Looking to overrule your Judo opponents with good techniques, power and strength? If you’re a beginner and are looking for basic Judo throws to learn, keep on reading!
We’ve gone through 10 basic Judo throws to get you on your way to becoming a serious Judoka.
The O Soto Gari is one of the most basic throws in Judo. When executed properly, the opponent is thrown backwards on the floor. You start this throw by facing your opponent; then, when they step forward with their right foot, you pull them gently onto it. As you do this, place your left foot outside their right foot to push them off balance; then, using your left hand, pull them towards you and, with your right hand, push them backwards.
Raise your right leg and aim to hit your opponents’ thigh from behind as hard as you can with your own thigh. As you do this, pull down on your opponent with your left hand and push down hard with your right hand; this should make your opponent fall directly backwards.
The O Goshi throw is a basic hip throw which involves pulling your opponent onto your hip and throwing them down in front of you. To begin, start in the traditional Judo grip and move your right foot so it turns in front and to the inside of your opponent’s right foot. Then, take your left foot and repeat the process, so step in front and to the side of your opponent’s left foot. Both of your feet should now be inside your opponent’s feet.
Once your feet are in the right position, take your right hand, wrap it around your opponent’s waist and move your hips so that they are on your opponent’s lower thigh. Once is this position, you can use your opponent as a fulcrum. Bend forward and straighten out your legs to take your opponent’s weight on top of you. Finally, turn your head and shoulders so they are facing the mat whilst bending at the waist.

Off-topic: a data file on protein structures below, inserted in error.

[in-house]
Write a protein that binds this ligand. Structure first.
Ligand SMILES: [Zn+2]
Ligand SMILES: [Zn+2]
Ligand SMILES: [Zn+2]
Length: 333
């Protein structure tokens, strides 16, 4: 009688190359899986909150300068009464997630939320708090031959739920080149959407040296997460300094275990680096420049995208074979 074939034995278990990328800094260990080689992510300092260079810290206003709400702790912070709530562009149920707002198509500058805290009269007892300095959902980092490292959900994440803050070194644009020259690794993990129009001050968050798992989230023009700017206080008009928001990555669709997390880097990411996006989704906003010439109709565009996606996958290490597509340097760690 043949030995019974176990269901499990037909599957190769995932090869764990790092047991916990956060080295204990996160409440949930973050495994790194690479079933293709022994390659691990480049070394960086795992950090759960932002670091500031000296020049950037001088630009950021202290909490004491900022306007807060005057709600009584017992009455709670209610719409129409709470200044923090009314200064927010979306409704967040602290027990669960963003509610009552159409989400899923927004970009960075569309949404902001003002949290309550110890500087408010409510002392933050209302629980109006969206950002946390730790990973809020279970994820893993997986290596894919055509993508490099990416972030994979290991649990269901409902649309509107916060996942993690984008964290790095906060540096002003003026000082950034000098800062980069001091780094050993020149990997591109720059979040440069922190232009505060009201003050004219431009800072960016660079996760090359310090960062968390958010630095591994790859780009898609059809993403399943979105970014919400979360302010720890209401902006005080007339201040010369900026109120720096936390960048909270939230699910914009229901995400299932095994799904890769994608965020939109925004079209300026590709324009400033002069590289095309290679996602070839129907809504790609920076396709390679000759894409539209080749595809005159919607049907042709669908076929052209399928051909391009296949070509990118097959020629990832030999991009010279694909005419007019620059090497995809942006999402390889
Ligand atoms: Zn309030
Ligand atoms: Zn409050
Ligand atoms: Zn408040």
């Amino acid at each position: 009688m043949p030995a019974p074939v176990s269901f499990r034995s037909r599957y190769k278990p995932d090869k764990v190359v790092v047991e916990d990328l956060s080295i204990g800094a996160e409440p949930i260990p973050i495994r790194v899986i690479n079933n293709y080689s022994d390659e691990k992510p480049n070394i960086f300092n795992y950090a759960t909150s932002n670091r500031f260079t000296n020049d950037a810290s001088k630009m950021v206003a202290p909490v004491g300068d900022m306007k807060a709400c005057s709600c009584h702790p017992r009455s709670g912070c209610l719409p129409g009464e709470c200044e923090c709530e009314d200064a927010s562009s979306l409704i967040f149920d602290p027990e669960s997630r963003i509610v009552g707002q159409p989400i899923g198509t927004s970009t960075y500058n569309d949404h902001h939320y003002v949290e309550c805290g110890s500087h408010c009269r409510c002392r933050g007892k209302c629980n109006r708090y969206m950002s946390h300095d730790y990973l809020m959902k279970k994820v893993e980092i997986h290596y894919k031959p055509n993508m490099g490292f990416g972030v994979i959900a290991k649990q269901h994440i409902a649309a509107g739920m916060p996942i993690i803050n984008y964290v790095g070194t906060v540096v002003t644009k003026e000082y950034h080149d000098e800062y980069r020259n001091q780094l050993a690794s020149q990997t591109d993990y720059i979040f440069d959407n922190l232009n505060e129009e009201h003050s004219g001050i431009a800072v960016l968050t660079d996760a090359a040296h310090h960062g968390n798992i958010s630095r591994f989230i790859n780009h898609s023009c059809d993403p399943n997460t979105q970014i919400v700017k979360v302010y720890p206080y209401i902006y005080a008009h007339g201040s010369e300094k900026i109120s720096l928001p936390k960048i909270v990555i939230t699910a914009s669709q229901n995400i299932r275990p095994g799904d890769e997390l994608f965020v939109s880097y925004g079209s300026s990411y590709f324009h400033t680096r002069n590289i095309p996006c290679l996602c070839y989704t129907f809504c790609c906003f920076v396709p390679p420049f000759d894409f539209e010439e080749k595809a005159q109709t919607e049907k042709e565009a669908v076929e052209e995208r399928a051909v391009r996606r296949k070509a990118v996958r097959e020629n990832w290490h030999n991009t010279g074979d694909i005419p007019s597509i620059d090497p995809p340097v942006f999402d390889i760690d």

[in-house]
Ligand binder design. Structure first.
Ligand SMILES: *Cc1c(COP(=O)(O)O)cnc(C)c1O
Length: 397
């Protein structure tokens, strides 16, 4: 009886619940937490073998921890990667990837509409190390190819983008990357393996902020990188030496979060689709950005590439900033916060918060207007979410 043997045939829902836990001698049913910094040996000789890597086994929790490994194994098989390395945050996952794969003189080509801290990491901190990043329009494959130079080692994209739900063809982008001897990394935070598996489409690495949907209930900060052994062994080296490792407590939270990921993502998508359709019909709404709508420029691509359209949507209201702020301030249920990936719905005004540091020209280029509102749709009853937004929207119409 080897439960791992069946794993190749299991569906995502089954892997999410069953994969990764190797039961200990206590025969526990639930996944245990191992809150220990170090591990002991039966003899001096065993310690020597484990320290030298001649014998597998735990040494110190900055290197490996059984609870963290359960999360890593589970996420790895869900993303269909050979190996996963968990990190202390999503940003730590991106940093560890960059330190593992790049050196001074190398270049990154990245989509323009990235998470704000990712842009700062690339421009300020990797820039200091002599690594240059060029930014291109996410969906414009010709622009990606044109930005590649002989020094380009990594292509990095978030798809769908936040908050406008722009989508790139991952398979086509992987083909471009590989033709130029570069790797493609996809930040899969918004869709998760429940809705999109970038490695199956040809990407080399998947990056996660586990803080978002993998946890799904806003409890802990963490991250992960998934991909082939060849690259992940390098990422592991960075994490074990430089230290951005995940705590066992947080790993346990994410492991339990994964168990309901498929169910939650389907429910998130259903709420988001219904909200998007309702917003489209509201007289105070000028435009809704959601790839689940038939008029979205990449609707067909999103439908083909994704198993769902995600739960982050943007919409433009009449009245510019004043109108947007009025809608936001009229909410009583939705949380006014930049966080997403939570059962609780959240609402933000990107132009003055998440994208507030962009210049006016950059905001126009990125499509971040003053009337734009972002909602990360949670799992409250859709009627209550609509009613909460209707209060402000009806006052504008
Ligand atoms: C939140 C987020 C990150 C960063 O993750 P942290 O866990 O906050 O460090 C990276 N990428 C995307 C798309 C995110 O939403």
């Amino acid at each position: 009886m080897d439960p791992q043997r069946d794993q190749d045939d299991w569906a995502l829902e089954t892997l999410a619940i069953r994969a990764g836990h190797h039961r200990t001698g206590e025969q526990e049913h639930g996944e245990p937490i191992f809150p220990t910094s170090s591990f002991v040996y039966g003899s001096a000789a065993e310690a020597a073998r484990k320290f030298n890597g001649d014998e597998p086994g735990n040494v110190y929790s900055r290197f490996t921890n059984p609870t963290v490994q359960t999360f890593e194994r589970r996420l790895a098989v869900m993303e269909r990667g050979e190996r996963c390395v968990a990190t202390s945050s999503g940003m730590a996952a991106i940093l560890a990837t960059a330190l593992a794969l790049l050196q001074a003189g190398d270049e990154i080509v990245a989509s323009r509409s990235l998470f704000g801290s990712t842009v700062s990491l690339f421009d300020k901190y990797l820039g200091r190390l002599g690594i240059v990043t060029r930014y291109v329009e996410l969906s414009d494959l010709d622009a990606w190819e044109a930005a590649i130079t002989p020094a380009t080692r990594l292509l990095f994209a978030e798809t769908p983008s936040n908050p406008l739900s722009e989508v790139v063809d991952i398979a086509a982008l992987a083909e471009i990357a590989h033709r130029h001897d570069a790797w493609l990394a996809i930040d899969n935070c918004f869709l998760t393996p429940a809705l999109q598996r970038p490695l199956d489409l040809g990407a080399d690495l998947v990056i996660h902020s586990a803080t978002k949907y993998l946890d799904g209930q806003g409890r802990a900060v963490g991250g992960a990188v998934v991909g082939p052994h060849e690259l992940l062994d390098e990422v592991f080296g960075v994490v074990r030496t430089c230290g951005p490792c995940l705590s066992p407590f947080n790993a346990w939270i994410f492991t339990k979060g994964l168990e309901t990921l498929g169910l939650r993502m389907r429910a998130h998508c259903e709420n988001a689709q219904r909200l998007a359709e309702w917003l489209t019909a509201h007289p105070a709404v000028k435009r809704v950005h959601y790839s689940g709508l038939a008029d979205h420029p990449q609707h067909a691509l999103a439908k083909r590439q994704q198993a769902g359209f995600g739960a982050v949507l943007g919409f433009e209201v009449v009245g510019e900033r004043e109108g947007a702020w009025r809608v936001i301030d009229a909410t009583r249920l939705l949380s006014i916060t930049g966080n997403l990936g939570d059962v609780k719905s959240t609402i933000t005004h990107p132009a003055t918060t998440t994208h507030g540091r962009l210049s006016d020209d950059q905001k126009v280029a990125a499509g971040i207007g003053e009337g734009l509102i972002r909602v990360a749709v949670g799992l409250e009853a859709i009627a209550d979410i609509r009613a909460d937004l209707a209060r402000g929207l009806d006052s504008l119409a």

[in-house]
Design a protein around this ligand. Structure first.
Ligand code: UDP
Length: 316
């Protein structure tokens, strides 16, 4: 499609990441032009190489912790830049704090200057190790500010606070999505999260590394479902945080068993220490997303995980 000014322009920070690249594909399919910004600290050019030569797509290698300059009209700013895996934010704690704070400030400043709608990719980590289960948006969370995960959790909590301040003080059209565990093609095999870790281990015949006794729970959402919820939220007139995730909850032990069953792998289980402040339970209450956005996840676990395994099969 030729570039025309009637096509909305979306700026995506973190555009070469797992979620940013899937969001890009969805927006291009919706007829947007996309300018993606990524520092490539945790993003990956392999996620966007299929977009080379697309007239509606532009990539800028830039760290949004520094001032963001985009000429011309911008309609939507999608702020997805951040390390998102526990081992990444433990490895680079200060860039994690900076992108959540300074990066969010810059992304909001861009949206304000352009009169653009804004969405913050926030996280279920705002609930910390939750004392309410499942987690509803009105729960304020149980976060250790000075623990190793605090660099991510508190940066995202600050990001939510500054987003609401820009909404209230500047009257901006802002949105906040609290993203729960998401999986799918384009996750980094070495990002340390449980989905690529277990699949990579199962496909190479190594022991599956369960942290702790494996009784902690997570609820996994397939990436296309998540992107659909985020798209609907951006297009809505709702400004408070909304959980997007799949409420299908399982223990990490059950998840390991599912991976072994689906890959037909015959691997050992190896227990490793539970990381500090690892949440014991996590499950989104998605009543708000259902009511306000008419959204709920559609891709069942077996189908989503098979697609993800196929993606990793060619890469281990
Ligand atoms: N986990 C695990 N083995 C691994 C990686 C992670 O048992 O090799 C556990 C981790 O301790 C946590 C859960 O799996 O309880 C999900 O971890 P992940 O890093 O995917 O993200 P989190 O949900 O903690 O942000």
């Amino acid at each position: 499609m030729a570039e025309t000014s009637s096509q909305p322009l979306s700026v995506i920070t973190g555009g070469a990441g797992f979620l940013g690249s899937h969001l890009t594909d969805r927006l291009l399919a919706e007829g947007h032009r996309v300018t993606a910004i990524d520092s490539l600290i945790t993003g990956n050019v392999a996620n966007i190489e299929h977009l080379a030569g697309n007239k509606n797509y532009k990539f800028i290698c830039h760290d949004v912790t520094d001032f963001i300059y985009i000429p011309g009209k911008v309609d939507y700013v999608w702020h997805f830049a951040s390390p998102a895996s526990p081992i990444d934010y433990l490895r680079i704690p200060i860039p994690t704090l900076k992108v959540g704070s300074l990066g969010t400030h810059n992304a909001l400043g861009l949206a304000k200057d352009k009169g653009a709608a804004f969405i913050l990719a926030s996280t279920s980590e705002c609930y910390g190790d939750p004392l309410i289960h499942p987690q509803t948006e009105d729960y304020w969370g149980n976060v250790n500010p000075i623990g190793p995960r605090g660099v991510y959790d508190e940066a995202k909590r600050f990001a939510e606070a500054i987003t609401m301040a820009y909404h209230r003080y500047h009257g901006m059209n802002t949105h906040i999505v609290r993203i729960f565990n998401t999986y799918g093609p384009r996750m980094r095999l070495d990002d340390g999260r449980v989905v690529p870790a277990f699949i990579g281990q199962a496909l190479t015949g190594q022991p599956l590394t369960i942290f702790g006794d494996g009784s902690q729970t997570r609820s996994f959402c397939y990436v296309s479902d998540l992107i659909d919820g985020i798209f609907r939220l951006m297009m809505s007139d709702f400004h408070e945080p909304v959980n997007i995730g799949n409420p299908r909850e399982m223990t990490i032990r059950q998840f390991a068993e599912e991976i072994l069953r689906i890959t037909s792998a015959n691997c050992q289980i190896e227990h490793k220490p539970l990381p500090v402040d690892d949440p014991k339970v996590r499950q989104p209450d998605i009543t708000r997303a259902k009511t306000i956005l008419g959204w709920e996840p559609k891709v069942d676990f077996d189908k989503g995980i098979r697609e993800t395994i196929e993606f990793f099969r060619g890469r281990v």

The Okuri Ashi Barai is a two-foot sweep throw. It’s executed by sweeping your opponent’s legs out from underneath them. Start off by standing half a step to the side of your opponent, then grab your opponent’s sleeve with your left hand and push your right hand down on their chest. As you do this, step to the side and sweep your left foot under your opponent to get them on the floor.
The Tai Otoshi is a hand throw that generates lots of power with minimal contact. It’s one of the hardest techniques to master. It mainly relies on timing rather than lifting and the power comes from a fast rotation motion, where your opponent is thrown to the floor. This throw is executed by putting your opponent off balance by pulling them in a forward direction and spinning your body to the left by extending your right leg in front of their right foot. From there, you need to pull down on your opponent’s body and bring it forward over their own legs to end the throw.
The Hane Goshi throw involves pulling your opponent hard towards your side so they’re on your hip and then swinging them round using your leg so they hit the floor.
To start this throw, you need to make sure your opponent has their right foot forward. Once they’re in that position, step in the middle of their feet with your left foot, making sure you put your heel down first. As you do this, your foot should be pointing in the same direction as your opponent’s right foot. From there, make sure you keep your buttocks firmly against your opponent’s abdomen and move the outside of your right leg so it’s touching the inside of your opponent’s right leg.
From there, rotate your body forwards and to the left, then lift your opponent onto your hip. When you start to feel their weight come off their leg, lift it with your leg, bounce your opponent up and use the pull of both arms to throw your opponent to the ground.